What is insomnia?
Insomnia is the inability to sleep, or to sleep satisfactorily, and is the most common sleep disorder. It may involve restless or interrupted sleep, a reduction in the usual time you spend sleeping or, in rare cases, complete wakefulness. Insomnia is a symptom rather than an illness in itself: in the majority of cases, sleeplessness has an underlying cause. When no underlying cause can be found, a person is said to be suffering from primary insomnia.
Insomniacs may experience loss of energy and enthusiasm, have problems with memory and concentration, and may feel ill, sleepy and frustrated. Poor sleep can be associated with accidents, lower work productivity and may worsen medical and psychological conditions. These consequences make insomnia an important health problem that deserves serious attention.
What causes insomnia?
Insomnia may be caused by the following:
- Emotional distress, especially from internalised anger or anxiety.
- Overusing substances such as caffeine (in coffee, colas and some “energy drinks” like Red Bull), nicotine, certain medications and herbal remedies, and alcohol. Alcohol consumption may cause initial drowsiness, but this is usually followed by sudden wakefulness once the alcohol is metabolised. Paradoxically, insomnia may result from sedatives prescribed to relieve it. Some people, especially the elderly, develop an inverted sleep rhythm: drowsiness in the morning, sleep during the day and wakefulness at night.
- Disturbances in your body clock or circadian rhythm. This may be the result of an irregular sleep schedule due to, for example, excessive daytime napping or late-night partying. Disturbance of sleep timing is common in people travelling by plane to different time zones, night shift workers and high school and university students doing “all-nighters” when cramming for tests.
- Environmental factors – such as noise, extreme temperatures, bright lights and sleeping in unfamiliar surroundings – can cause transient and intermittent insomnia.
- Medical conditions. Many illnesses, such as ulcers, depression, diabetes, kidney disease, heart failure, Parkinson's disease and hyperthyroidism, may lead to chronic insomnia. Shortness of breath from asthma or other medical problems, heartburn, frequent urination and chronic pain, say from arthritis or leg cramps, can also cause sleep problems. Insomnia may be associated with an underlying psychiatric condition, such as depression or schizophrenia. Early morning waking is common in some acutely depressed people. Other sleep disorders may also lead to chronic insomnia. Sleep apnea (snoring with numerous or prolonged breathing pauses during sleep), narcolepsy (inability to control staying awake or falling asleep), periodic leg and arm movements during sleep (the muscles twitch or jerk excessively), or restless legs syndrome (an overwhelming need to move the legs) can all interfere with sleep onset and maintenance.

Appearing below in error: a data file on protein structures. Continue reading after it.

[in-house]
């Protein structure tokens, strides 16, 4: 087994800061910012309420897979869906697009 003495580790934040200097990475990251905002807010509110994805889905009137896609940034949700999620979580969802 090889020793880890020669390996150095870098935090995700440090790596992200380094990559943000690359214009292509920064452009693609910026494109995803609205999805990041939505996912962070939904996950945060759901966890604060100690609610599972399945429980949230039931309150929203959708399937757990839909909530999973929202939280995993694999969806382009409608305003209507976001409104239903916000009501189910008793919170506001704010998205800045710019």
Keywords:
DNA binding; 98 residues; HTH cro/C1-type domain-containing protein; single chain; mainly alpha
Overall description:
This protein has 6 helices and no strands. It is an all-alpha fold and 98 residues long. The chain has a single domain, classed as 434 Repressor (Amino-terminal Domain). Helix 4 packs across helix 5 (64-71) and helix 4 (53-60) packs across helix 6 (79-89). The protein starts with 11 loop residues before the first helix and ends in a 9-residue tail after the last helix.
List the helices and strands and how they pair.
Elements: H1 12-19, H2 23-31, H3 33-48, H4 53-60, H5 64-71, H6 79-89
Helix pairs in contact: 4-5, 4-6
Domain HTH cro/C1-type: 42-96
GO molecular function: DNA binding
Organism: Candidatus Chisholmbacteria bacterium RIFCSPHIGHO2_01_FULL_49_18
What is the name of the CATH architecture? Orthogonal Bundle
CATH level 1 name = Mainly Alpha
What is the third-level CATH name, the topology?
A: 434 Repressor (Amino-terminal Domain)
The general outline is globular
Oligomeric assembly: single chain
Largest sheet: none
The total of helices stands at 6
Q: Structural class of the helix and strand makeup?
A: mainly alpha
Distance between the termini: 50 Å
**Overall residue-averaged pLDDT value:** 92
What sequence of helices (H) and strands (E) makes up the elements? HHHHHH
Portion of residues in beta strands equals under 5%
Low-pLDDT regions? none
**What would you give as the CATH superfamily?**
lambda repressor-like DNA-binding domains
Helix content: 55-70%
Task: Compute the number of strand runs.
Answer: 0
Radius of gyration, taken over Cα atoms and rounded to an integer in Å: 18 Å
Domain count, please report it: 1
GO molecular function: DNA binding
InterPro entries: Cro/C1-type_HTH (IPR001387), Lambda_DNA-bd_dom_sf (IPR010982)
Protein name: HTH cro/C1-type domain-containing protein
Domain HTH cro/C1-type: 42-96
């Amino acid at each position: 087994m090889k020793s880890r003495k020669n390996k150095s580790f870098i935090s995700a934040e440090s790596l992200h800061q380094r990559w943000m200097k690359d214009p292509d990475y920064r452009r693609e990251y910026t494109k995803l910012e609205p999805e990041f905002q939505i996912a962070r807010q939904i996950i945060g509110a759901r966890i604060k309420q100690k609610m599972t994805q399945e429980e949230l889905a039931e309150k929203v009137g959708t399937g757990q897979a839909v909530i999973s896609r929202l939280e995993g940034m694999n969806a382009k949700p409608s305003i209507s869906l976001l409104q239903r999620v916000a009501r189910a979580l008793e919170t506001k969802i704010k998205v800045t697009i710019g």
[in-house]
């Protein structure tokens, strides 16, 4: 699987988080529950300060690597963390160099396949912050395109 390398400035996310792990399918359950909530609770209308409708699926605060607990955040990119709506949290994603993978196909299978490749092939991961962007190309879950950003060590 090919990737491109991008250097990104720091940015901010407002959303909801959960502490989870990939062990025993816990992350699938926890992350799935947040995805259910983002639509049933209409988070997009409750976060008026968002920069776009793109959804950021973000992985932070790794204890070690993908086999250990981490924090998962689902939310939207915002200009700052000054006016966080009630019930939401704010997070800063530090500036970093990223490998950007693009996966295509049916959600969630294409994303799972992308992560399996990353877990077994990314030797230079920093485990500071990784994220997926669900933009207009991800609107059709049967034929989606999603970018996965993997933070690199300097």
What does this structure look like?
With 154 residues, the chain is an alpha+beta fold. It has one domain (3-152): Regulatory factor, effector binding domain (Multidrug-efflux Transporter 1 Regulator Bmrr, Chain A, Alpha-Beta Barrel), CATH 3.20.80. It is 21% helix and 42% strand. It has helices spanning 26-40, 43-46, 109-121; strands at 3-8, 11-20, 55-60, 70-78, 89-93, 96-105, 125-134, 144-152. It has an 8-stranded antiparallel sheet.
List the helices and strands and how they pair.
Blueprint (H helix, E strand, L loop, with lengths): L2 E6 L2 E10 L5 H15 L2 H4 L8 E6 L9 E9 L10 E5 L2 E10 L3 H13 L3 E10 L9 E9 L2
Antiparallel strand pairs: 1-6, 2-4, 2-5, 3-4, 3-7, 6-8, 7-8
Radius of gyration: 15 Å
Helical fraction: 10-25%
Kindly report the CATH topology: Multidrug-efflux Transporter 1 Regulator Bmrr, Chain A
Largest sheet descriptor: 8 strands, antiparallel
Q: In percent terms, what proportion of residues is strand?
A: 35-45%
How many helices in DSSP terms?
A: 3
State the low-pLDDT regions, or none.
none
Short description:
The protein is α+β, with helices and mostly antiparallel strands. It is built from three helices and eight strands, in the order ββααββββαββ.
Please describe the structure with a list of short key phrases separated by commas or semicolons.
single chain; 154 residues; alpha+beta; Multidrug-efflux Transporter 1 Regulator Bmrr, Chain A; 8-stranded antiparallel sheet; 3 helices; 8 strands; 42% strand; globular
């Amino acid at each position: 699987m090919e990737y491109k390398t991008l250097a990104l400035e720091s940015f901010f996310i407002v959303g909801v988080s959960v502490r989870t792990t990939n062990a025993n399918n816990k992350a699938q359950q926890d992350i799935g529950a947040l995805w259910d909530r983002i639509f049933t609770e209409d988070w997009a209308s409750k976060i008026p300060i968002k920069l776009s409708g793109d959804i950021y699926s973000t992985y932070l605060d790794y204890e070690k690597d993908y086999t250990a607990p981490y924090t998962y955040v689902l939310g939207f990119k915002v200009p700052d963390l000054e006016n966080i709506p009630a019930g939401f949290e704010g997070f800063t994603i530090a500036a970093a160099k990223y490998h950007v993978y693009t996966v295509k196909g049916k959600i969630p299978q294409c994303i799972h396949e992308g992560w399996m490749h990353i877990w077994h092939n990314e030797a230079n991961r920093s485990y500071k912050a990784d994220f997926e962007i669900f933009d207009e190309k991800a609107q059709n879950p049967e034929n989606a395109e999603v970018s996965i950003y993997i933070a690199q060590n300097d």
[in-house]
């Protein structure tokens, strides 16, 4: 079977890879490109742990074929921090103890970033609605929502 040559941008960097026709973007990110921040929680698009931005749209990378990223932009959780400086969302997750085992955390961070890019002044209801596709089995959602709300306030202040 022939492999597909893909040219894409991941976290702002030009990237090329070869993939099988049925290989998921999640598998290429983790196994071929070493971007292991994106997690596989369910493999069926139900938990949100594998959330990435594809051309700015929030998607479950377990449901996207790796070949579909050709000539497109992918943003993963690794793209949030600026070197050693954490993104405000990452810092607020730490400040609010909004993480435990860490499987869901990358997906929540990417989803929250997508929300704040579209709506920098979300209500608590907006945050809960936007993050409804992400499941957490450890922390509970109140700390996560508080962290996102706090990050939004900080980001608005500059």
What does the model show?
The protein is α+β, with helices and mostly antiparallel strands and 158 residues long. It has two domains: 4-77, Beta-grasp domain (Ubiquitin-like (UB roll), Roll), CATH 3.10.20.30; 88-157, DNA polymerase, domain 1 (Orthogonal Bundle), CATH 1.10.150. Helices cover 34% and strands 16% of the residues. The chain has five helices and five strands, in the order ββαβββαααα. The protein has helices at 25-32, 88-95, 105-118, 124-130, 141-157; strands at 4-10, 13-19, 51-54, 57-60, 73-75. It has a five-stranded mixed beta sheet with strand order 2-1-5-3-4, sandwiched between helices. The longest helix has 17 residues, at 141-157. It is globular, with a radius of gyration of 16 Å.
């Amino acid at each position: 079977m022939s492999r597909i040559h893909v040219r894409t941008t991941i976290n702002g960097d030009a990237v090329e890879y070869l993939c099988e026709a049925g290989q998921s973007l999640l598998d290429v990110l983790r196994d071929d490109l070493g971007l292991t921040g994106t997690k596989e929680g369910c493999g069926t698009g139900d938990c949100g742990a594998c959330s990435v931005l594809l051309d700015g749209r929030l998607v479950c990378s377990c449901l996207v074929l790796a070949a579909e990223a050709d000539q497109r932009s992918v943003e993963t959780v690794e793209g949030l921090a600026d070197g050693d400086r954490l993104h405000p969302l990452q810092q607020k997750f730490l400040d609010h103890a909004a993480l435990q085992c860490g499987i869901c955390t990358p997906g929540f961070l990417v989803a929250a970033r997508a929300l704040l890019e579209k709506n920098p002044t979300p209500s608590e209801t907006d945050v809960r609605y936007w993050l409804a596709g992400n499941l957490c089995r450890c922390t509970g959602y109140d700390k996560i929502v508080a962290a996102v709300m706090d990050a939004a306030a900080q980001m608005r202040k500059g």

- Eating large meals close to bedtime.
- Vigorous exercise close to bedtime.
Who gets insomnia and who is at risk?
Over 90% of people will experience insomnia at some point in their lives, and for the vast majority this will be transient insomnia. Approximately 30% of the population suffers from chronic insomnia.
Those at risk of increased insomnia are:
- Women. Women appear to be more prone to insomnia than men. The following factors may also contribute to the condition:
- The menstrual cycle. Studies have found that 50% of menstruating women reported bloating that disturbed their sleep for two to three days each cycle. Women who suffer from Pre-Menstrual Syndrome may have symptoms of anxiety, irritability or depression, which may lead to insomnia.
- Menopause. Sleep patterns tend to change with menopause, and insomnia becomes more common.
- Pregnancy. Sleeplessness is common during pregnancy, especially in the later weeks.
- Elderly people. Ageing brings a change in sleeping patterns, resulting in typically lighter, more fitful sleep.
- People with a history of depression.
Symptoms and signs of insomnia
Insomnia typically involves the following symptoms:
- Difficulty falling asleep and maintaining sleep, or waking up too early.
- Waking up feeling unrefreshed or drowsy. In more severe cases of insomnia, people may feel fatigued, depressed, anxious or irritable.
- People with insomnia often suffer from daytime sleepiness.
- Forgetfulness and trouble concentrating.
How is insomnia diagnosed?
To diagnose the cause of insomnia, your doctor will perform a complete physical exam and take a medical history, which will include your lifelong sleep patterns, previous experiences of insomnia and recent life stresses. Be sure to tell your doctor about any prescription or non-prescription medications you might be taking, as well as stimulants such as coffee. He or she may also want to interview your sleeping partner about your sleep patterns, as your partner may observe aspects of your behaviour during sleep of which you are unaware. Your doctor may also ask you and your partner to keep diaries of your sleep patterns for a few weeks.
In most cases, the cause will become apparent through the medical history and physical examination. If there is evidence of an additional sleep disorder, such as sleep apnea, your doctor may recommend a sleep study, or “nocturnal polysomnography”. These studies are usually done in a sleep laboratory in a medical centre, where you spend the night in a hospital-type room while specialised machines monitor your heart, lung, brain and muscle activity.